Manners are the external expressions of our reverence or lack thereof. I was raised to respect, elders, public officials, and all authority figures. My childhood friends and I addressed each other parents, as Mr. and Mrs., and we watched our words in front of them. Our families honored our community by looking out for their neighbor's offspring. The public and law enforcement had a courteous relationship. Even if you disagreed with a government official you always spoke of them respectfully because of his or her position. Our culture was racially mixed, but we honored each other as Americans for the most part. In the sixties that all started to change. It was a time of social revolution by a generation without a clue. Our manners towards one another has degraded because our mutual respect has faded. From my childhood, till today our nation has gone through a paradigm shift from a community focus to a self-focus, that has altered our manners towards each other in our personal, professional, and public lives.
Our relationship with lovers, family, and friends are not as intimate as they once were, because we have forgotten the art of putting the needs of our loved ones above our own. As a child I watched my father's generation, raised in the fifties, constantly put their wants aside for their families. They believed that their true legacy was not based in material possessions, but in the longevity of their posterity. However, their children, raised in the sixties did not embrace these ideals. Rather, they followed the drug induced ideologies presented at the Woodstock festival of 1969. This was a time of cultural transition from community focus to self-focus. Now, partying has become the main pursuit of lives, and the family unit has suffered greatly because of it. In large numbers, children are being abandoned by one or both parents, due to personal gratification having priority over family relations. Manners are taught in the home first, and the break down in the family unit has created a void in mutual respect, that has affected the broader area of our manners in the work place.
In the broader arena of our vocational relationships we no longer practice, swallowing our pride for the good of the group, but do much damage in the insistence of our own way. One of the greatest assets of being raised by loving parents is learning humility. In my father’s days the businesses ran on a simple premise, which is, if management is good to labor, the workers will watch out for the company. At that time this was an overall standard of cordiality in the work place. Unfortunately, the Woodstock festival instilled in the next generation a spirit of rebellion to authority. To add insult to injury the labor unions used this rebel mindset to dehumanize management for the purpose enlisting loyalty from the workforce, installing in the workers that an idea that they need ban together to force their employer to yield to them. This has done severe damage to worker, and employer relations, and has added to the national tensions in the public arena.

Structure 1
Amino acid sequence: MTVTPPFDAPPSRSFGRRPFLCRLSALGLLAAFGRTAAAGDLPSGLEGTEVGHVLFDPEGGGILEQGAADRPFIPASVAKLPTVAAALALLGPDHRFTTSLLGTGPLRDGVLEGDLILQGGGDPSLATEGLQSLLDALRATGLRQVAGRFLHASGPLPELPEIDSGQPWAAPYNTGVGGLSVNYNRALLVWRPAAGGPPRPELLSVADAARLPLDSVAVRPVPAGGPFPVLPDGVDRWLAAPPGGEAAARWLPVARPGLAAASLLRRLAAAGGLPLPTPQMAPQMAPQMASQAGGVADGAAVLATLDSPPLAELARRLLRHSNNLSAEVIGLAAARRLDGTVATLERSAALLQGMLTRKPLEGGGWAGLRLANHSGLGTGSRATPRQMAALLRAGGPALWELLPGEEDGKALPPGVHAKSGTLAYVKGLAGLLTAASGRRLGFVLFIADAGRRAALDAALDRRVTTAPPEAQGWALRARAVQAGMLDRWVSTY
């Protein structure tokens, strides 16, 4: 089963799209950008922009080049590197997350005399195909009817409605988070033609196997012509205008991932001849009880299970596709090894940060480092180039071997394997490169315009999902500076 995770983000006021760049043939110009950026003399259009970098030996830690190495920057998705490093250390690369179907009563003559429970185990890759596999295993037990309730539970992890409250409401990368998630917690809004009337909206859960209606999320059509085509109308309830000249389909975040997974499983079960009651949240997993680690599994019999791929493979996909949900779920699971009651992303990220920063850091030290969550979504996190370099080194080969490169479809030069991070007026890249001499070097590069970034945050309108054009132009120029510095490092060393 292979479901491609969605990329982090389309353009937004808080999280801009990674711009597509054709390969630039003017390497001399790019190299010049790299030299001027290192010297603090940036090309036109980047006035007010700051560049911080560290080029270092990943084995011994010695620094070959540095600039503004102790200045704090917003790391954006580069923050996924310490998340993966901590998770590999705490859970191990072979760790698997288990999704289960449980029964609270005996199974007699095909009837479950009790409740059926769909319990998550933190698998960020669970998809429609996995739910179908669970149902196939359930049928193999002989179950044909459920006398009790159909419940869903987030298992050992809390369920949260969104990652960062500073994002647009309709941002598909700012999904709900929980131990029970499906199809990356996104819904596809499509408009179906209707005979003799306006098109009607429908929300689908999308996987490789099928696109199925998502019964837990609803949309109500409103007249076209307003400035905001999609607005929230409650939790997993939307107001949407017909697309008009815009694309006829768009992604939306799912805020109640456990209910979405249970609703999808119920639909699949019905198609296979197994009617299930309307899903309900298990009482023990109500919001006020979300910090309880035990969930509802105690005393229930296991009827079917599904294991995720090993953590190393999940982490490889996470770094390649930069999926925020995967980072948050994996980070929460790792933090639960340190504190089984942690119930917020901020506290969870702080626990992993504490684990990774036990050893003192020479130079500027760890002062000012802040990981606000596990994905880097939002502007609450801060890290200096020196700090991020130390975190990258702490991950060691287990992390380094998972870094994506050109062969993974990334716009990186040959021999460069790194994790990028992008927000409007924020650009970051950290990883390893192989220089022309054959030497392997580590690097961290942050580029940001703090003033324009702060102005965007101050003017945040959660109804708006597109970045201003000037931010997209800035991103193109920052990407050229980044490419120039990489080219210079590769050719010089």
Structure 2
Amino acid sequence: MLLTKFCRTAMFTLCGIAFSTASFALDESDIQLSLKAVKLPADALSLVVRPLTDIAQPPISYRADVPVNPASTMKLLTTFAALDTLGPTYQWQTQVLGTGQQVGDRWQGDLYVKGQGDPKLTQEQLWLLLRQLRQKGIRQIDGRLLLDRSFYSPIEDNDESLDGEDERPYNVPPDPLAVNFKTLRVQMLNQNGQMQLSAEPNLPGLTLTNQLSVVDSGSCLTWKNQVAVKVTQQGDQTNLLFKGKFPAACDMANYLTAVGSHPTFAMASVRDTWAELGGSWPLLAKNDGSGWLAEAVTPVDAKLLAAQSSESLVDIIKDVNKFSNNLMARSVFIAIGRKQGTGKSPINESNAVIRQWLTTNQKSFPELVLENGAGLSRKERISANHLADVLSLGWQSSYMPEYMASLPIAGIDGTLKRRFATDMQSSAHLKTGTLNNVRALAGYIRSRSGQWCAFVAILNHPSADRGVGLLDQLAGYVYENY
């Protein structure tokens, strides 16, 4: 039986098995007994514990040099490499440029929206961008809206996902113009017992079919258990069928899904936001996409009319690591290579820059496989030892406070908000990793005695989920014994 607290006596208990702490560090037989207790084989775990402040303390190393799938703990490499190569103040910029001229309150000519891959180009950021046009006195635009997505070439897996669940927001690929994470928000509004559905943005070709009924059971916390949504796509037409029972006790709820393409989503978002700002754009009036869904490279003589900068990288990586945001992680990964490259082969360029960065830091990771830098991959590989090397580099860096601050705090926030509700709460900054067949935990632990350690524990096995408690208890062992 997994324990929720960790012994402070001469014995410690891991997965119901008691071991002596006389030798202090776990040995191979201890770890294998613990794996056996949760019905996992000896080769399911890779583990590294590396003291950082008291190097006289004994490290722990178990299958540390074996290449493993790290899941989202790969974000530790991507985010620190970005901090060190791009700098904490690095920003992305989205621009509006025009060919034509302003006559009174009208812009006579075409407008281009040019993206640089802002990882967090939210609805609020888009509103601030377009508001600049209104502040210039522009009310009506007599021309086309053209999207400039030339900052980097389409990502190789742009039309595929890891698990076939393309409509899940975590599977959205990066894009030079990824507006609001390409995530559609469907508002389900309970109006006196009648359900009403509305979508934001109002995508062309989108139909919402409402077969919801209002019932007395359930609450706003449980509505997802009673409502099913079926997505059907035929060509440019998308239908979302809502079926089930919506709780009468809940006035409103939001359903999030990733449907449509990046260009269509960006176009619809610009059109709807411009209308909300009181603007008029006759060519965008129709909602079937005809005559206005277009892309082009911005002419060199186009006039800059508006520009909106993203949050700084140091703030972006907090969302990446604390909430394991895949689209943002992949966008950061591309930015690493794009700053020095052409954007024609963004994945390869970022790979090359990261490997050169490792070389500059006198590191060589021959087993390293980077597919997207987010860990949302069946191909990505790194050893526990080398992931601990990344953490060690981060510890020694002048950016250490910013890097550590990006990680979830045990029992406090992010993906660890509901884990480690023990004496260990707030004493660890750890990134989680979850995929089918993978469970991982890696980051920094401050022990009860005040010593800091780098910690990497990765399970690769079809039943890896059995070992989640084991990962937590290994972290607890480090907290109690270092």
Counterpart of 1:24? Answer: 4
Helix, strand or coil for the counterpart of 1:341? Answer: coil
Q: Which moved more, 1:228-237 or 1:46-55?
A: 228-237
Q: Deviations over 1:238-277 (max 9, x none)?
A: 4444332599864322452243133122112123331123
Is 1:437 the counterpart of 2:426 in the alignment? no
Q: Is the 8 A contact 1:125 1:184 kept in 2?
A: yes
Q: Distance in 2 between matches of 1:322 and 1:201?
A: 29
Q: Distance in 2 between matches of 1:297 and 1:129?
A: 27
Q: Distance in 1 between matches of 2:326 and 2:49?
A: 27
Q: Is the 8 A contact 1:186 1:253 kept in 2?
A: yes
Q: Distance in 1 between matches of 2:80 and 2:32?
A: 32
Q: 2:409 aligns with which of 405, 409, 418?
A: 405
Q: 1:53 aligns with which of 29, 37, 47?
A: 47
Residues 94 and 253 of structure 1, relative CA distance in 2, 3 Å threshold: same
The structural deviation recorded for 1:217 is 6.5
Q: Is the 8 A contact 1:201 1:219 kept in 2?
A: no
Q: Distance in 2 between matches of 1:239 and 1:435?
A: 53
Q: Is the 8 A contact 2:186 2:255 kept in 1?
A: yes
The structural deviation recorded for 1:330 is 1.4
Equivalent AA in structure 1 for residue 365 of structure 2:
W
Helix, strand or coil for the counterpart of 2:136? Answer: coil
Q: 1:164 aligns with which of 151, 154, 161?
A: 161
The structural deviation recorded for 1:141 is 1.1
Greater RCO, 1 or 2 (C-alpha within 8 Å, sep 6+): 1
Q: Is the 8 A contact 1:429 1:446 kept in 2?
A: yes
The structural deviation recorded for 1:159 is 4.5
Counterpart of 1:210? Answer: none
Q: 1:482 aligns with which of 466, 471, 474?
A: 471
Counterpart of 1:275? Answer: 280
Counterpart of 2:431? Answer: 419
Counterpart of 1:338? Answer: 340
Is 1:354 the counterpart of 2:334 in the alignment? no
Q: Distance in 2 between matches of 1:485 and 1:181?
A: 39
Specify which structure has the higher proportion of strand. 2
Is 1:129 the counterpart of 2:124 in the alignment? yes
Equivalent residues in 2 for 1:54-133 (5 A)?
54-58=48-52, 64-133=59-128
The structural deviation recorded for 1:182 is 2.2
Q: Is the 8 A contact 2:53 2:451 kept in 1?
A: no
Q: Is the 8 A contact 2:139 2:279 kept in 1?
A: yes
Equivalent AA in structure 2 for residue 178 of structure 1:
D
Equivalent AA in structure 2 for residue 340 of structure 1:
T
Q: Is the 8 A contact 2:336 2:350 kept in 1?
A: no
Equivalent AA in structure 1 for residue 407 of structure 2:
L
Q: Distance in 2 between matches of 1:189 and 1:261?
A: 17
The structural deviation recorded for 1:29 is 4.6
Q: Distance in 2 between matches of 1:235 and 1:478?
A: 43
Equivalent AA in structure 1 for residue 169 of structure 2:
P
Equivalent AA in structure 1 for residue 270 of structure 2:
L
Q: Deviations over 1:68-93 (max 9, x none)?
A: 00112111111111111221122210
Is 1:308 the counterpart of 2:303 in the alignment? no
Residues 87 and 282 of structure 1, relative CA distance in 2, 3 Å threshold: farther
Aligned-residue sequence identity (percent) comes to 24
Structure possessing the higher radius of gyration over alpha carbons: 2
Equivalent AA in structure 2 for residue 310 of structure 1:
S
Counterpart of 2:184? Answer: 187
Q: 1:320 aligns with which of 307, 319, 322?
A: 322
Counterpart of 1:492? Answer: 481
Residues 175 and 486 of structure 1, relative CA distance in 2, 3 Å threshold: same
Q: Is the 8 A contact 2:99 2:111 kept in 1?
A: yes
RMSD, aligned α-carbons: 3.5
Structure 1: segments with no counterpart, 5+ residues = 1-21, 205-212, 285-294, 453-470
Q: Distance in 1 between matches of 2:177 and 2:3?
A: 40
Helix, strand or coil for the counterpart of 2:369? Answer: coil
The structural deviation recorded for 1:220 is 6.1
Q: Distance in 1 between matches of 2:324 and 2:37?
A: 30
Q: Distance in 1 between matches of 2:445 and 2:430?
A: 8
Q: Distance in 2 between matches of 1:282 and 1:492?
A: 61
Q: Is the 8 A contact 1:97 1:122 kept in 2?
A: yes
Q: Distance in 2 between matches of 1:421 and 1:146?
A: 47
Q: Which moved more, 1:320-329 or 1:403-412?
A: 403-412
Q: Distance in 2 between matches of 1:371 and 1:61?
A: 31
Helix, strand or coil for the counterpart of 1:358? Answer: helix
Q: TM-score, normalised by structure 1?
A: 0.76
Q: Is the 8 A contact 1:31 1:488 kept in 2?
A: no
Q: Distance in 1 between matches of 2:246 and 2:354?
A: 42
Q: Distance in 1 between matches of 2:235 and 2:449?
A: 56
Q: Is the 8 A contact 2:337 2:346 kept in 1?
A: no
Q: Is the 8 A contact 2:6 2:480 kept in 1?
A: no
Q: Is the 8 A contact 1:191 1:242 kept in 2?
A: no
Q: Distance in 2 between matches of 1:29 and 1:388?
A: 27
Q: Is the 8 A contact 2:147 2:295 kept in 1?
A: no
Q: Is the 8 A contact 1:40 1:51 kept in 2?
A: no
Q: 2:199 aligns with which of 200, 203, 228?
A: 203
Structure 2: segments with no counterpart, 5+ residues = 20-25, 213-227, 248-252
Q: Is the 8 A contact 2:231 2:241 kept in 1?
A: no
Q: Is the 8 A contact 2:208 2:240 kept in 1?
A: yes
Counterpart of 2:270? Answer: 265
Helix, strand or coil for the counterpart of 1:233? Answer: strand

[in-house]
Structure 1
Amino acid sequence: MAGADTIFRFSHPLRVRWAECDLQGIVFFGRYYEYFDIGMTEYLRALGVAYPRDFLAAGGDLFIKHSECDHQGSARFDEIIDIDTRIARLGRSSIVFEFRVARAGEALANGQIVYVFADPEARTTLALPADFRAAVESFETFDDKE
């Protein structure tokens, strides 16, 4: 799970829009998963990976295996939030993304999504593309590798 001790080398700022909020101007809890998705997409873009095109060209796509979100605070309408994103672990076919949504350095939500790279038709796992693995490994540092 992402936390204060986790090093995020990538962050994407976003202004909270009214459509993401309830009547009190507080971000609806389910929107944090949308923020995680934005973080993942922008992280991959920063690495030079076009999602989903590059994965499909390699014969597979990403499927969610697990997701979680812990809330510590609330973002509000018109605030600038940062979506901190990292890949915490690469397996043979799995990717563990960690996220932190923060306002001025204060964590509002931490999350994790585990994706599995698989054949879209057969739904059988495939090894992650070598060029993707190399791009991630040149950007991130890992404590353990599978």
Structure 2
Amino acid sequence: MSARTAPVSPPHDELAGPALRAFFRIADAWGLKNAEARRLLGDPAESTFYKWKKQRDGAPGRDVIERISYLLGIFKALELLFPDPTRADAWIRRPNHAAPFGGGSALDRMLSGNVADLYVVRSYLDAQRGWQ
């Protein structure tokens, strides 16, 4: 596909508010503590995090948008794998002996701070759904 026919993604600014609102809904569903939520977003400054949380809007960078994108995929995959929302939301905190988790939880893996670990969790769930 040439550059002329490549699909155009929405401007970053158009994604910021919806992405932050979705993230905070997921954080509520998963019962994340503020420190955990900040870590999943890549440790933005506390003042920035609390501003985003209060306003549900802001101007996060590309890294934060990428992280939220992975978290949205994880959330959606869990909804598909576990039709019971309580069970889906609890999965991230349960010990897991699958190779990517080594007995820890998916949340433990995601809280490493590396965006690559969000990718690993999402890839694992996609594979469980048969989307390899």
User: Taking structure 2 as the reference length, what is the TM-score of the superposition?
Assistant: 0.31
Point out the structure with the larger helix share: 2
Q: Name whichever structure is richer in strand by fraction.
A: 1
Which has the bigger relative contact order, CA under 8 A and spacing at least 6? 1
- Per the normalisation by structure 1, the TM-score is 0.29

In the broadest sense, in our public gatherings we no longer respect the authorities that exist, but rather demand that they submit to us. My parents honored law enforcement, and the military as those that put their lives on the line daily order in to protect our freedom and liberty. Restaurant owners used to feed the police for free as a thank you for their service. During the during the war in Viet Nam of the sixties and seventies that began to change. The returning soldiers were not treated as heroes by the American people, but as criminals. They were shunned, Alienated, and slandered. Today the police are openly threatened and attacked. If they pull out their guns to protect the public and themselves from violent arm criminals, we treat the police like felons and actually defend those that mean harm to the public. I see this every day the worse manners of all, the defacement public property to make political statements. In the pass all points of view could be presented in public, and debated with civility. Today, we do not exercise the proper manners to listen to the opposing argument, with the understanding that no man has all the answers. Disagreeing we an established authority is one thing, disrespecting the authority's humanity is another. In the public arena we exercise the horrible manners of being too proud to listen, and being hostile to those that does not agree.